City policy lets Academy of Art do as it pleases

The city recently started talking tough regarding the ever-expanding real-estate acquisitions of Academy of Art University, hinting at a lawsuit over its serial violations of planning and building codes. And yet a nominal planning department policy appears to have allowed the academy to flout the law for years and then get city planners' help to put everything right — again and again and again.

Considered at the level of a homeowner unwittingly making illegal additions to his porch, the nominal policy seems well-meaning — if there's a "path to legalization" for a project, city planners work diligently with property owners to ensure this happens. "It is our goal to work with a project sponsor to bring the property into compliance," city planner Scott Sanchez says. "We rely on the sponsors to make a good-faith effort to bring the property into compliance."

Yet what if the property owner doesn't make a good-faith effort — repeatedly? At a planning commission meeting last month, the academy's director of planning candidly admitted that the school had, once again, moved into a building — this time a hulking SOMA structure — and begun using it for academic purposes, a violation of city law the academy's higher-ups should have been well aware of, barring amnesia.

It was a similar admission to one the school made last year regarding its conversion of a motel into a dormitory without bothering to fill out any paperwork — or more than a dozen oft-lucrative property conversions going back to the 1990s for which it only officially filed applications in 2007. It wasn't until '06 that the city even knew how many buildings the academy owned, let alone what it was doing with them, when city officials insisted it complete an "Institutional Master Plan" — a move that was roughly 30 years overdue.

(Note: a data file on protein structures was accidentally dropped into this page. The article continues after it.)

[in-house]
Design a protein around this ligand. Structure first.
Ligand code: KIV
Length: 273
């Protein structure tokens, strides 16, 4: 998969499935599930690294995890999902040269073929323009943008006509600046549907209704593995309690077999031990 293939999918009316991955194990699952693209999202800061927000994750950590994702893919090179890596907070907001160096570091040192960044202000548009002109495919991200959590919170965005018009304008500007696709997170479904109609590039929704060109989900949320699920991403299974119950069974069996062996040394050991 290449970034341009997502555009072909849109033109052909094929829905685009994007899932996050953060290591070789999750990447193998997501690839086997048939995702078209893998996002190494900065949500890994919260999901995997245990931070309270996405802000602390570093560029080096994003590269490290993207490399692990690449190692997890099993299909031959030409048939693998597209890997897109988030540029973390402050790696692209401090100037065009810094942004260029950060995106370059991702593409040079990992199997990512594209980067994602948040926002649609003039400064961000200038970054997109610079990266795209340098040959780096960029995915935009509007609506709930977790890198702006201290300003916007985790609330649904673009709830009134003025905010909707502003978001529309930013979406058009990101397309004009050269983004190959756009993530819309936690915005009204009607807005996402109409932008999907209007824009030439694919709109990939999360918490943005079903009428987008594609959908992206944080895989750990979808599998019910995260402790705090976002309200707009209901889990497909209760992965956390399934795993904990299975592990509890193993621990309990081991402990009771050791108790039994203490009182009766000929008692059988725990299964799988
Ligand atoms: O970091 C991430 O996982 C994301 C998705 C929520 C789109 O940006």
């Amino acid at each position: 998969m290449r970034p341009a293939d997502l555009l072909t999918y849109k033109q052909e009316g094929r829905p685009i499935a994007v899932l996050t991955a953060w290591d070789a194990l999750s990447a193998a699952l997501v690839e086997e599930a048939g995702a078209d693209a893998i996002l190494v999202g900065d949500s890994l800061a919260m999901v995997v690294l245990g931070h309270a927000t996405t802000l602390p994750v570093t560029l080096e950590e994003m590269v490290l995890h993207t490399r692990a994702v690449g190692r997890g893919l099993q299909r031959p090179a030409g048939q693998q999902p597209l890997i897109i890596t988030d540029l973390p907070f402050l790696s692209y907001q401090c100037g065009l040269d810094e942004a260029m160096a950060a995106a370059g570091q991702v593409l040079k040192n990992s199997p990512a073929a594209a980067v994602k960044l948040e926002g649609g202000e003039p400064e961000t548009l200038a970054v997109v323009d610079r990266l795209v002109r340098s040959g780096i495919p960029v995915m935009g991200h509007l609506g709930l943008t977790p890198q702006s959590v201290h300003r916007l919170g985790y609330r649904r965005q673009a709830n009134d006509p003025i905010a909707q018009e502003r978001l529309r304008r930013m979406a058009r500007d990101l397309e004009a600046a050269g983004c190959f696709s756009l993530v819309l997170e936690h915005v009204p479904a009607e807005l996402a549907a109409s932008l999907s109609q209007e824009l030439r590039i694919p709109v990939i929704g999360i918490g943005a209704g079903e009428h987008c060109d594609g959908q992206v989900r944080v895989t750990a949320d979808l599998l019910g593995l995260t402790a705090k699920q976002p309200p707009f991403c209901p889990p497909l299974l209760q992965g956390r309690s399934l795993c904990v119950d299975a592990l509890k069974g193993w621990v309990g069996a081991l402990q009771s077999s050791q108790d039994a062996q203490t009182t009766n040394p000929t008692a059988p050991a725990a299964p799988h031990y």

Doing what it pleases and then leaning upon city planners to shepherd the academy down the "path to legalization" appears to be an institutional specialty.

"People can always take advantage of the city's goodwill," said zoning administrator Larry Badiner in defense of the nominal policy. When asked whether the academy was gaming the system, he replied, "I think some people could argue that."

Some people are. Brad Paul, a former deputy mayor for housing and a sharp critic of the academy, calls the planning department's beneficence "an invitation for people to break the law.

"If you have to go before the planning commission to get a conditional use permit and you think it's 50-50, you'd be crazy to do things that way," he continued. "This policy allows you to break the law and then say, 'Oh, sorry,' and work with staff and get them to do the homework."

Our calls to the academy's planning director, Paul Correa, were not returned, so we have no idea how the school is spinning its repeated flouting of city laws and policies. Perhaps it'll claim artistic license?

 
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